Mica is shown as a purple triangle ▲ in our ideology-leadership chart below. Each dot was a member of the House of Representatives in 1988 positioned according to our liberal–conservative ideology score (left to right) and our leadership score (leaders are toward the top).
The chart is based on the bills Mica sponsored and cosponsored from Jan 3, 1983 to Oct 22, 1988. See full analysis methodology.
Mica was the primary sponsor of 7 bills that were enacted:
- H.R. 1777 (100th): Foreign Relations Authorization Act, Fiscal Years 1988 and 1989
- H.R. 5522 (99th): A bill to authorize the release to museums in the United States of certain objects owned by the United States Information Agency.
- H.R. 4151 (99th): Omnibus Diplomatic Security and Antiterrorism Act of 1986
- H.R. 2068 (99th): Foreign Relations Authorization Act, Fiscal Years 1986 and 1987
- H.J.Res. 369 (99th): A joint resolution to proclaim October 23, 1985, as “A Time of Remembrance” for all victims of terrorism throughout the world.
- H.R. 4746 (97th): A bill for the relief of Kin Chi Eng Sims.
- H.J.Res. 442 (96th): A joint resolution designating the week beginning June 22, 1980, as “National Athletic Boosters Week”.
Does 7 not sound like a lot? Very few bills are ever enacted — most legislators sponsor only a handful that are signed into law. But there are other legislative activities that we don’t track that are also important, including offering amendments, committee work and oversight of the other branches, and constituent services.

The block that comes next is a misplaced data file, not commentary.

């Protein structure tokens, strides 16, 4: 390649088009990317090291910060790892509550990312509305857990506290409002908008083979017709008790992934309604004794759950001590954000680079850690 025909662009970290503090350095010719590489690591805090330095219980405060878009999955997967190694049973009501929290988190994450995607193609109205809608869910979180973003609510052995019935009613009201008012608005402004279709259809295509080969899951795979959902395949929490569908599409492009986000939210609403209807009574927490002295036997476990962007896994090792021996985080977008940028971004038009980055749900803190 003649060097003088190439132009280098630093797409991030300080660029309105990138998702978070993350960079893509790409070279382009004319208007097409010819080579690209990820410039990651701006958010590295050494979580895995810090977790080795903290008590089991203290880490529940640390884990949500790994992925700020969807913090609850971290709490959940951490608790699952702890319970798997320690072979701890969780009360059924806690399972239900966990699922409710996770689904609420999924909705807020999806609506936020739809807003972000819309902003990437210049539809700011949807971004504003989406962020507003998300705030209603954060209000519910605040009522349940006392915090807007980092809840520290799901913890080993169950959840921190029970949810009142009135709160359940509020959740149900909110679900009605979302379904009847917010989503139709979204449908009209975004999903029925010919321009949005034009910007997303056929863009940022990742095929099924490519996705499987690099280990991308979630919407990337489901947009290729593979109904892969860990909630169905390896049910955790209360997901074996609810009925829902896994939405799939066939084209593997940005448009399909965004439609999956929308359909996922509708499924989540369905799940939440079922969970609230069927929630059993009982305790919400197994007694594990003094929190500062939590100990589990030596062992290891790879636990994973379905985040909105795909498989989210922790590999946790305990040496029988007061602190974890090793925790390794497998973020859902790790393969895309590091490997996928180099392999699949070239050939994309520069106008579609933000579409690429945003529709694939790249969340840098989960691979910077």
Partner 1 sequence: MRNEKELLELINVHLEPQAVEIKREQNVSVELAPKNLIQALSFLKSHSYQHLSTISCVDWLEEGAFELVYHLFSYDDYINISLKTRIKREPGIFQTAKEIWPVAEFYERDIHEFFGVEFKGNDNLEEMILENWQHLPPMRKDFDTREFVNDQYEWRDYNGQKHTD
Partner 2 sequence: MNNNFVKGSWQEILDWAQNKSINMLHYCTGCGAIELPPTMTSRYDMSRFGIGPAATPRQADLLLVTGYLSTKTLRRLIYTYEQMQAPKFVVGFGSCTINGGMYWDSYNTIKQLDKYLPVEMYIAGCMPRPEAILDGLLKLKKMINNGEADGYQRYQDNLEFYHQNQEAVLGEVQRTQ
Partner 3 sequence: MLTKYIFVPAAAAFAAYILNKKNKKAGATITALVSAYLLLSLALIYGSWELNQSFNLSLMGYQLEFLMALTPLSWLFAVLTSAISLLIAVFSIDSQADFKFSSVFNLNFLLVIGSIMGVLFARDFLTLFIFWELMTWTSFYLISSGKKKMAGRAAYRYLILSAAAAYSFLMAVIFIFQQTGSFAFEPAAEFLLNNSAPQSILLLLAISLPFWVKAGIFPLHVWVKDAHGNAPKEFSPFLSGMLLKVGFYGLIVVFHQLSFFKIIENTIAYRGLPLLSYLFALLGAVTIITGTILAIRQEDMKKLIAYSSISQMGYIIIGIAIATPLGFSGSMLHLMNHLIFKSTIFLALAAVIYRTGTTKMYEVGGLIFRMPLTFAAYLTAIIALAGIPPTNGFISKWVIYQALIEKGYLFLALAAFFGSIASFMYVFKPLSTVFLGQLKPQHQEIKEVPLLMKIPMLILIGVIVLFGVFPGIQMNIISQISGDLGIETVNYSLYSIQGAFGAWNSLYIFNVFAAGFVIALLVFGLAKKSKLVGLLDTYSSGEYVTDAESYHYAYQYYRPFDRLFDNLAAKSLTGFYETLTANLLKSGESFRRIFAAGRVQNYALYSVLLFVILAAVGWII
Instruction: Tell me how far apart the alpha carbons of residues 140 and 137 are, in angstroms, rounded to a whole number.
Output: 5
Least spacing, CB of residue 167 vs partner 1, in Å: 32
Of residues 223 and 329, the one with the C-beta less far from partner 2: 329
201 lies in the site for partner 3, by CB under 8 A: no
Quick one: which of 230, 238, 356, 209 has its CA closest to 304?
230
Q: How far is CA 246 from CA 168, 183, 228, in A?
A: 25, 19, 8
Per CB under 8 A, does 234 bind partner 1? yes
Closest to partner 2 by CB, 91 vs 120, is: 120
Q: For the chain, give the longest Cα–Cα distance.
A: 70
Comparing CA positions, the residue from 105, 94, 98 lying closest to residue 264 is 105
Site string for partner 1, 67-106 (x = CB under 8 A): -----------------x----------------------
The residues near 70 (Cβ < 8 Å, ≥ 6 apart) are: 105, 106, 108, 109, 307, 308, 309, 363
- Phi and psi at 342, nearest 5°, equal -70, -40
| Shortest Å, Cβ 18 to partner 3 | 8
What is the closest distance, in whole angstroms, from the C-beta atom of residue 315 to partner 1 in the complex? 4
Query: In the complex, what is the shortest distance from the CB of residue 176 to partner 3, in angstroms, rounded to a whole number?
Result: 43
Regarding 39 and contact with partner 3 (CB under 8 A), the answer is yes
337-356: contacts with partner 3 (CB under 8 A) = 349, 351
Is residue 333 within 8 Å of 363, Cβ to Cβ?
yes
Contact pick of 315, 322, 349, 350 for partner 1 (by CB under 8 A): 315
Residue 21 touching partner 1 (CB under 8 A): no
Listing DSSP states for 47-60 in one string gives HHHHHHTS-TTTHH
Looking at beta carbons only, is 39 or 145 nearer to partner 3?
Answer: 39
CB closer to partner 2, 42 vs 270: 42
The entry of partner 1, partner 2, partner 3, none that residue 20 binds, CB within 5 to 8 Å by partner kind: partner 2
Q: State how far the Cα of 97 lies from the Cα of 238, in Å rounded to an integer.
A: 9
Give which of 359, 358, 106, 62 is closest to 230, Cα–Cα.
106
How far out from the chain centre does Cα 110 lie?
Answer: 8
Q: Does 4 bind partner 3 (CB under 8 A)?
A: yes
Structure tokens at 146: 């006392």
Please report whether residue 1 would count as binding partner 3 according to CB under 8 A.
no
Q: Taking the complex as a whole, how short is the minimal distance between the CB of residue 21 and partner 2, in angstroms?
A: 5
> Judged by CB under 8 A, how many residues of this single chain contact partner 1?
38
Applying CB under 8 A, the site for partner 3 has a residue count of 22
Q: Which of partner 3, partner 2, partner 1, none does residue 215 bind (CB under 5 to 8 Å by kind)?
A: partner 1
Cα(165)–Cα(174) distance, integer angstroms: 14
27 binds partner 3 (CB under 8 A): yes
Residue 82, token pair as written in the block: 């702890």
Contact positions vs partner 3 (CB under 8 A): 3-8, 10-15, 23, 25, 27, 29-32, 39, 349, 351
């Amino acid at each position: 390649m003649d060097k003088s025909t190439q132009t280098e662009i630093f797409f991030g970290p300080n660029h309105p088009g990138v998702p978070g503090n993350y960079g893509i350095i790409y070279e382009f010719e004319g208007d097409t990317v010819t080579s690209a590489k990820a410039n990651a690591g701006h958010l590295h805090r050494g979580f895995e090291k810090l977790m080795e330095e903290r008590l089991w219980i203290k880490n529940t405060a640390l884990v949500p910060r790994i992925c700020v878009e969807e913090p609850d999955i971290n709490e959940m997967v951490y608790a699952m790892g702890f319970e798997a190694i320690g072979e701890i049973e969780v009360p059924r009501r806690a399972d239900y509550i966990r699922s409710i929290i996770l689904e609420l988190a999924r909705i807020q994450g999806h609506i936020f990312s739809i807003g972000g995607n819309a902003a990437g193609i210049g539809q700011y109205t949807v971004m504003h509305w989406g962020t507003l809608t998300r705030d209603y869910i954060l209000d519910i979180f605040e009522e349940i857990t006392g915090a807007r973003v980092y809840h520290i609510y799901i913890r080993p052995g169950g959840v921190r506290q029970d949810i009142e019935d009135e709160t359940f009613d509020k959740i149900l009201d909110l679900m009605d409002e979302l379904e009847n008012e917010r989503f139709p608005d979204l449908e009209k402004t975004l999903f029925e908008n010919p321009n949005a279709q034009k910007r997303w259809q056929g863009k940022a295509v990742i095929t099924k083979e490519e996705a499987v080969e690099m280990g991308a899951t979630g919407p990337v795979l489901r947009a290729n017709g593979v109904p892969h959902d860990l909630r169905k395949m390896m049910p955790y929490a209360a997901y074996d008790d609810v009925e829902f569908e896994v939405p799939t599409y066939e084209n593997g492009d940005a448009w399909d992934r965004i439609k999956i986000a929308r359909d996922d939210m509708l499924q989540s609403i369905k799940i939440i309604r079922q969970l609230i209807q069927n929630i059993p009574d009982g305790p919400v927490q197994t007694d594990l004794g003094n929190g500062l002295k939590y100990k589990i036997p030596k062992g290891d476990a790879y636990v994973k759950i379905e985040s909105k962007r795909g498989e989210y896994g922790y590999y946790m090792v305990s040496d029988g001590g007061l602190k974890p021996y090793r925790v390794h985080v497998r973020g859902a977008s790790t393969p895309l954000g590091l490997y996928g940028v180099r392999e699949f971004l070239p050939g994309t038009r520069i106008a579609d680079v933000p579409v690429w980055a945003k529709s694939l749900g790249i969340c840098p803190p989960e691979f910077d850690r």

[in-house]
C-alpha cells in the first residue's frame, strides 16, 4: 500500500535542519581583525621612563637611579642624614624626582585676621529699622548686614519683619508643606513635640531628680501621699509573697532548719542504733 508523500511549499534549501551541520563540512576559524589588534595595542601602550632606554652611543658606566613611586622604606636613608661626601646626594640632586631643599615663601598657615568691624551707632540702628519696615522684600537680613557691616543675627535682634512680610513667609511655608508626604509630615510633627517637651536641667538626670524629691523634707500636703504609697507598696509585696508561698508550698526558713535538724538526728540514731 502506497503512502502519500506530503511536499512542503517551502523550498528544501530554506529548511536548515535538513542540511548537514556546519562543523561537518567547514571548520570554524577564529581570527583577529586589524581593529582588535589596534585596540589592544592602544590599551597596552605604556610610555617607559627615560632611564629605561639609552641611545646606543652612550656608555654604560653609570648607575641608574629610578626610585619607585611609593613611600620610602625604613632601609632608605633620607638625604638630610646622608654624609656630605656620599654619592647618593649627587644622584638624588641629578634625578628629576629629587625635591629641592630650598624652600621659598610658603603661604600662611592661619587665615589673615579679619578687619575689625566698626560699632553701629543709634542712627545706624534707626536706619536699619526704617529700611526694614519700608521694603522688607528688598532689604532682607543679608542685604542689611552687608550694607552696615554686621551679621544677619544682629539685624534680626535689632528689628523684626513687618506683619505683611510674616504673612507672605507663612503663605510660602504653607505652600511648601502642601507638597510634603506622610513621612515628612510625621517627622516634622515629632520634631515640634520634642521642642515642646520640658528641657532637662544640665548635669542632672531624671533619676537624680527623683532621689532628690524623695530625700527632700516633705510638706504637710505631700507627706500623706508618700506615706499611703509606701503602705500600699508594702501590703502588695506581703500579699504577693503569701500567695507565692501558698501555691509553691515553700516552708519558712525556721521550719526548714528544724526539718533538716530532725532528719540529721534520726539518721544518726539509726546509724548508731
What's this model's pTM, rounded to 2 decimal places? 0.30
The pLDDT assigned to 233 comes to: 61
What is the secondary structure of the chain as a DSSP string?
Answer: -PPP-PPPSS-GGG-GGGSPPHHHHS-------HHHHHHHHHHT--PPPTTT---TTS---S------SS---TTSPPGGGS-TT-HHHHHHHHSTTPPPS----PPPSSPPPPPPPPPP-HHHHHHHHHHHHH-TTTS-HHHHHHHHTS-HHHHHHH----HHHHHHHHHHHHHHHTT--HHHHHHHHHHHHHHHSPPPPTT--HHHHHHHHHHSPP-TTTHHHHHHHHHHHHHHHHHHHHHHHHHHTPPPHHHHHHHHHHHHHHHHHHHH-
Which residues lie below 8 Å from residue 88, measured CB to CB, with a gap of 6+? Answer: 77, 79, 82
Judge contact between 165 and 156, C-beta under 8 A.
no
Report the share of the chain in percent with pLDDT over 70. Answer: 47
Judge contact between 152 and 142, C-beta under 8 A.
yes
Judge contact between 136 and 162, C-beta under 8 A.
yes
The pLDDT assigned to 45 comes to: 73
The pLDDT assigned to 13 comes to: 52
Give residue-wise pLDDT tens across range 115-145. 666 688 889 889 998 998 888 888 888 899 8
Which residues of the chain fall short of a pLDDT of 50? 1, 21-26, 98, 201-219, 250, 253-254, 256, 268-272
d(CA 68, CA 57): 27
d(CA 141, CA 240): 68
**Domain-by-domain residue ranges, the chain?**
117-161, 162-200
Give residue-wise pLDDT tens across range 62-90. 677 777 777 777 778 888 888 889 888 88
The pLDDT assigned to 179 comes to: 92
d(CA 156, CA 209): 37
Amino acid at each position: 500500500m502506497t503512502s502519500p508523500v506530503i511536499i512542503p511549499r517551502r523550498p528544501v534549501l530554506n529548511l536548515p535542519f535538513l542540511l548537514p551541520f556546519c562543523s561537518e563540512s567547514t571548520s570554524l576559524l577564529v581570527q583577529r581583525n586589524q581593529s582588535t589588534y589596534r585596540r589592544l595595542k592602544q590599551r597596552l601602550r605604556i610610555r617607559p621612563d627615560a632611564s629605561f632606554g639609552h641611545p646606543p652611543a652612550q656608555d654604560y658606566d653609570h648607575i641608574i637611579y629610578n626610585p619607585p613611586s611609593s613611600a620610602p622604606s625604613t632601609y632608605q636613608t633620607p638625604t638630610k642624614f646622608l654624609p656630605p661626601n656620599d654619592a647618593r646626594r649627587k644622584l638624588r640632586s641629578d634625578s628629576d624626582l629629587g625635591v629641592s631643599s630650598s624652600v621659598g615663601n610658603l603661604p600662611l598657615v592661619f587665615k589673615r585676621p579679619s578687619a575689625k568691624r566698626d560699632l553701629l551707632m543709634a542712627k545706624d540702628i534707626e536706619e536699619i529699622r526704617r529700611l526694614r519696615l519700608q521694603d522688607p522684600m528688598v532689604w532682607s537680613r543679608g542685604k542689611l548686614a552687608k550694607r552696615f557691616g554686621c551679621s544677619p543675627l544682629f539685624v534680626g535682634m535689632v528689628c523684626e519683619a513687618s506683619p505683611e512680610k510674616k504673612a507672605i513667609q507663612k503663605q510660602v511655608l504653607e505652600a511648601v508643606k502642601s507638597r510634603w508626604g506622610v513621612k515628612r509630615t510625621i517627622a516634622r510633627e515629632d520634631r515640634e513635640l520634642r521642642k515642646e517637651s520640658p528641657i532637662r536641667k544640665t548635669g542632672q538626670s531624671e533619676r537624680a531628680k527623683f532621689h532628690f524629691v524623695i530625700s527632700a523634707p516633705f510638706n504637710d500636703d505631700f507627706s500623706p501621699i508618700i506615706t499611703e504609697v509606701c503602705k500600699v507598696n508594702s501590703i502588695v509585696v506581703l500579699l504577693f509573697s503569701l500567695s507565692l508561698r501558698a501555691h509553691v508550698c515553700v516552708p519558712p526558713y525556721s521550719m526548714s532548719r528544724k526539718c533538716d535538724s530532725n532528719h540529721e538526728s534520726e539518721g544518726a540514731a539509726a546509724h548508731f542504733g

We consider a bill enacted if one of the following is true: a) it is enacted itself, b) it has a companion bill in the other chamber (as identified by Congress) which was enacted, or c) if at least about half of its provisions were incorporated into bills that were enacted (as determined by an automated text analysis, applicable beginning with bills in the 110th Congress).
Mica sponsored bills primarily in these issue areas:
International Affairs (27%) Government Operations and Politics (16%) Foreign Trade and International Finance (13%) Armed Forces and National Security (11%) Economics and Public Finance (11%) Health (9%) Crime and Law Enforcement (8%) Social Welfare (5%)
Some of Mica’s most recently sponsored bills include...
- H.Con.Res. 280 (100th): A concurrent resolution authorizing the 1988 Law Enforcement Torch Run for Special ...
- H.J.Res. 509 (100th): A joint resolution designating August 4, 1988, as “National Legion of Valor ...
- H.Res. 399 (100th): A resolution affirming that the House of Representatives recognizes Eric Arturo Delvalle ...
- H.Res. 397 (100th): A resolution affirming that the House of Representatives recognizes Eric Arturo Delvalle ...
- H.Con.Res. 243 (100th): A concurrent resolution calling for the resignation of General Noriega as the ...
- H.R. 3434 (100th): A bill to amend title 38, United States Code, with respect to ...
- H.R. 3305 (100th): A bill to amend title 38 of the United States Code to ...
From Jan 1979 to Oct 1988, Mica missed 510 of 4,823 roll call votes, which is 10.6%. This is worse than the median of 5.5% among the lifetime records of representatives serving in Oct 1988. The chart below reports missed votes over time.
We don’t track why legislators miss votes, but it’s often due to medical absenses and major life events.
|Time Period||Votes Eligible||Missed Votes||Percent||Percentile|
The information on this page is originally sourced from a variety of materials, including:
- unitedstates/congress-legislators, a community project gathering congressional information
- United States Congressional Roll Call Voting Records, 1789-1990 by Howard L. Rosenthal and Keith T. Poole.
- Martis’s “The Historical Atlas of Political Parties in the United States Congress”, via Keith Poole’s roll call votes data set, for political party affiliation for Members of Congress from 1789 through about year 2000
- GovInfo.gov, for sponsored bills